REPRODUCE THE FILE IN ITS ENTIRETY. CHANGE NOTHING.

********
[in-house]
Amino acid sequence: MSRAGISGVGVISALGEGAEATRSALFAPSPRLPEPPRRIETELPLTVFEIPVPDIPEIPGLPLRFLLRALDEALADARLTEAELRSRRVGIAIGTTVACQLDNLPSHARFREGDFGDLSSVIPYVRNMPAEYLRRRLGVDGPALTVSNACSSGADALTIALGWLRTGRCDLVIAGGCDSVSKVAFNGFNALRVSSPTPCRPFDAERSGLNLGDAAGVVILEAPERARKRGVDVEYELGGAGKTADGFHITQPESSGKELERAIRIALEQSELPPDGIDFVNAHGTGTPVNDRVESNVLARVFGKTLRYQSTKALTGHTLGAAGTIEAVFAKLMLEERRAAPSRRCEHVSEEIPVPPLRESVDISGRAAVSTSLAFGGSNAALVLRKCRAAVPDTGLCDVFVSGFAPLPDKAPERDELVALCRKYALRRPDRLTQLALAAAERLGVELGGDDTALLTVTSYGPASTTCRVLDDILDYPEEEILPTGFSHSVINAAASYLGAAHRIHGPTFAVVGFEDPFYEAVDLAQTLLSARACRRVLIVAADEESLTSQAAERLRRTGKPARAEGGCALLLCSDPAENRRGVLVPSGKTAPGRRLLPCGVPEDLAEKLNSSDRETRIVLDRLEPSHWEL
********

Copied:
[in-house]
Amino acid sequence: MSRAGISGVGVISALGEGAEATRSALFAPSPRLPEPPRRIETELPLTVFEIPVPDIPEIPGLPLRFLLRALDEALADARLTEAELRSRRVGIAIGTTVACQLDNLPSHARFREGDFGDLSSVIPYVRNMPAEYLRRRLGVDGPALTVSNACSSGADALTIALGWLRTGRCDLVIAGGCDSVSKVAFNGFNALRVSSPTPCRPFDAERSGLNLGDAAGVVILEAPERARKRGVDVEYELGGAGKTADGFHITQPESSGKELERAIRIALEQSELPPDGIDFVNAHGTGTPVNDRVESNVLARVFGKTLRYQSTKALTGHTLGAAGTIEAVFAKLMLEERRAAPSRRCEHVSEEIPVPPLRESVDISGRAAVSTSLAFGGSNAALVLRKCRAAVPDTGLCDVFVSGFAPLPDKAPERDELVALCRKYALRRPDRLTQLALAAAERLGVELGGDDTALLTVTSYGPASTTCRVLDDILDYPEEEILPTGFSHSVINAAASYLGAAHRIHGPTFAVVGFEDPFYEAVDLAQTLLSARACRRVLIVAADEESLTSQAAERLRRTGKPARAEGGCALLLCSDPAENRRGVLVPSGKTAPGRRLLPCGVPEDLAEKLNSSDRETRIVLDRLEPSHWEL